‘We are focused on growing with our customers’

By Joe Crocetta/Staff Photographer

Phil Pantano, Commercial Services Market Manager with F&M Trust in Chambersburg, is the Crossroads Business Journal Coffee Break featured person of the month.

Philip A. Pantano with F&M Trust

Philip A. Pantano was an award-winning athlete in college and has become an award-winning banker with F&M Trust.

Pantano received a bachelor’s degree from the University of Pittsburgh at Johnstown, Pa., where he was a scholarship athlete on the baseball team and co-captain. He was USJ’s scholar athlete of the year in 2004. He went on to earn a master’s in business administration from Shippensburg University in 2010.

Pantano has been with F&M Trust since 2005 and has served in a vice president’s role since April 2011. He recently was named commercial services market manager for the Franklin, Fulton and Huntingdon county, Pa., markets.
He has earned several awards during his time with F&M, and was inducted into the F&M Trust’s President’s Club for extraordinary sales performance in May.

F&M is a regional bank with $1.1 billion in assets, specializing in community banking in parts of Pennsylvania.
Pantano also has served with Chambersburg, Pa., Chamber Foundation and the American Heart Association Adams and Franklin/Fulton Counties Division. He currently is chairman of the finance committee for the Cumberland Valley Animal Shelter.

Pantano is married to his college sweetheart, Melissa. Their daughter, Zoe, is just shy of 3 years old. They live in Chambersburg.

On a break, is it coffee, tea, soda, water …. ?

Typically, it’s coffee, for two reasons. First, for the caffeine, and second for the taste. My father-in-law is the individual who got me interested in coffee years ago. Ever since I have known him, he takes the time to select and roast his own coffee beans to make fresh coffee. There is nothing better than a fresh cup of coffee, especially a light roast in the morning and an espresso blend in the afternoon.

An average day for you includes … ?

There is no average day in commercial banking, which makes the job both challenging and rewarding at the same time. Our customers operate in different industries, are in different stages of the business life cycle and management succession, and have different financing needs. This provides us the opportunity to learn about each customer’s business and provide tailored solutions to meet their situations. Therefore, every day is different depending on what customers we are serving that day.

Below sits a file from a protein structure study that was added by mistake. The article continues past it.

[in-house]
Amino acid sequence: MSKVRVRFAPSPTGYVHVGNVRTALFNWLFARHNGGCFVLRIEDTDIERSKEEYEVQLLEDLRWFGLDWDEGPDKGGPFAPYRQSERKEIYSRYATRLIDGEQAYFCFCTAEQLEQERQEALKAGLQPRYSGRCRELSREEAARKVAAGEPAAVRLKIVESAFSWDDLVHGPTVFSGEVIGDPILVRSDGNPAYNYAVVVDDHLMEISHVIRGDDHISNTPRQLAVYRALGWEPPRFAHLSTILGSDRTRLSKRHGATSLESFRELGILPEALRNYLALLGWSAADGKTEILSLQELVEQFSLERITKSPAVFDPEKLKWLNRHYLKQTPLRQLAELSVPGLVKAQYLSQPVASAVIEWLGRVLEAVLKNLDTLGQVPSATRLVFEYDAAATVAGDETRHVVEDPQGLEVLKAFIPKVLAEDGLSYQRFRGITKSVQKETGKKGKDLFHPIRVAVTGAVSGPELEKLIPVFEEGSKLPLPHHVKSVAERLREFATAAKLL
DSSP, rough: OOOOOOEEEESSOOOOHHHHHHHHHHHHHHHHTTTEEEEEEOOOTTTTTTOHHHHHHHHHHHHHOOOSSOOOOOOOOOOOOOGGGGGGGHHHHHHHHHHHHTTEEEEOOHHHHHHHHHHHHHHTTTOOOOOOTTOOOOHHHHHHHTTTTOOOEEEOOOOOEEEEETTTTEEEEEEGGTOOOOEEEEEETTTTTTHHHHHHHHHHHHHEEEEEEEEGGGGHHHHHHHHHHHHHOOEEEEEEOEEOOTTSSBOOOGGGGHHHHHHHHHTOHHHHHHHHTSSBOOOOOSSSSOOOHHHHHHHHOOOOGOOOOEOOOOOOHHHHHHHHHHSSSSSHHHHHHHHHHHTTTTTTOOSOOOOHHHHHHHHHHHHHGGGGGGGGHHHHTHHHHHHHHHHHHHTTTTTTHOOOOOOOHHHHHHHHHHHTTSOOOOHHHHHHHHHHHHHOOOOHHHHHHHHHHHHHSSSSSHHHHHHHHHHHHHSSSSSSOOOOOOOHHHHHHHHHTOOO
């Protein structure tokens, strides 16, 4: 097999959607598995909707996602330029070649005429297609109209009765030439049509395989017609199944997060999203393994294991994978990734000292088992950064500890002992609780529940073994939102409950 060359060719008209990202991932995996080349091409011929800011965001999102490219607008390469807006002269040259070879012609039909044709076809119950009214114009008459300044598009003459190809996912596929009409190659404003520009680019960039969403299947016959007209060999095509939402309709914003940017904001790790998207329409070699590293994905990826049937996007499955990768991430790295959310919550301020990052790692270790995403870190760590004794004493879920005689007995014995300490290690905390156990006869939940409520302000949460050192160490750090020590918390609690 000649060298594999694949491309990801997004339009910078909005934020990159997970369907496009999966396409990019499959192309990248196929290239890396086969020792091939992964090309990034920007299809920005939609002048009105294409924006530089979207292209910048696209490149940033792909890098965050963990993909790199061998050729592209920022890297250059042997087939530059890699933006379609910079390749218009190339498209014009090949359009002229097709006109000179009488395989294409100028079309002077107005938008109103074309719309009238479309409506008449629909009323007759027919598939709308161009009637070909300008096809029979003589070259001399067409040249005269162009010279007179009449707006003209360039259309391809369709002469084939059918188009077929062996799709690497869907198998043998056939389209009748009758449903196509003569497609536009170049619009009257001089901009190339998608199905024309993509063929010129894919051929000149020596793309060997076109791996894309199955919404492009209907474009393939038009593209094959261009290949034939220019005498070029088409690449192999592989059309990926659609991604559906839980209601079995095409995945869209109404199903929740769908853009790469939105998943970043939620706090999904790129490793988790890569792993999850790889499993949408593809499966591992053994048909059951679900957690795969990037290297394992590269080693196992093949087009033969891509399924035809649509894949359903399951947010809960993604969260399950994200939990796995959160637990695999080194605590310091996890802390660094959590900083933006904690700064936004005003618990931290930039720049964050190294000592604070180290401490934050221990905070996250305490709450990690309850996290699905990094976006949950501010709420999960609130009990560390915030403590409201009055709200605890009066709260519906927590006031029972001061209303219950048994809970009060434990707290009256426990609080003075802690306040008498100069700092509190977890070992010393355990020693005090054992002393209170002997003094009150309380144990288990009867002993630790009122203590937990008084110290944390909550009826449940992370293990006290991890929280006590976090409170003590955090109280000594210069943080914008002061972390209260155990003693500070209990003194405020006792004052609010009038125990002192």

What are the biggest opportunities and challenges in your new role at the bank?

The number of independent community banks industry wide has declined by 14 percent from 2007 to 2013. Our markets were not immune to these mergers and acquisitions. As the commercial services market manager for Franklin, Fulton and Huntingdon counties, I find the largest opportunity is cultivating and developing new customer relationships with those who wish to do business with a community bank like F&M Trust. Independently owned and operated since 1906, we are focused on growing with our customers and building genuine, honest and trusting relationships with them.
The biggest challenges of my new role will be time and capacity. Presently, we are looking to add another team member to our commercial lending team. We also continue to evaluate and invest in processes to enhance our infrastructure and make application processing more efficient while managing risk. Our team will need to be intentional and focused in our approach to balance these challenges.

How has community banking changed in the last decade or so, and what should people watch for in the coming years?

Several things have changed in banking over the past decade as a result of mergers and acquisitions, new technologies and regulatory challenges. Despite a decrease in the number of community banks, the technological age has brought vast changes in how customers interact with the bank. The benefits of online and mobile banking have lowered the amount of foot traffic in many community offices, which makes some people question the need for a physical presence. I think community banks will see this change in customer interaction as an opportunity to reinvent their physical presence (community offices) to meet customers’ evolving needs. We have recently implemented changes in many of our community offices and have completed renovation projects in both the Boiling Springs and Waynesboro community offices. Finally, regulatory changes have impacted community banks. In 2010, the Dodd-Frank legislation was passed to prevent another financial collapse like 2008 and was initially targeted at large banks (those with over $50 billion in assets); but in reality, this legislation also impacted community banks on a variety of levels. The costs to comply with the increased regulation required community banks to dedicate staff and devote capital to meeting government regulations, resulting in more expenses and slower growth. Things continue to improve each year, and I anticipate in the future there could be some positive changes to the Dodd-Frank legislation.

Outside of work, what are your ambitions and aspirations?

When I am not at work, I enjoy outdoor adventures with my family. Our hobbies include hiking, camping, biking, paddle boarding and (of course) anything at the beach. In addition, I enjoy CrossFit training in the morning before I go to work, which helps me get a good start to my day. Ultimately, my ambitions and aspirations outside of work are pretty simple — to be a great husband and father to my wife and daughter.

Want to share a cup of coffee with our readers? Send an email to facetime@crossroadsbizjournal.com or call reporter Mike Lewis at 301-791-7482.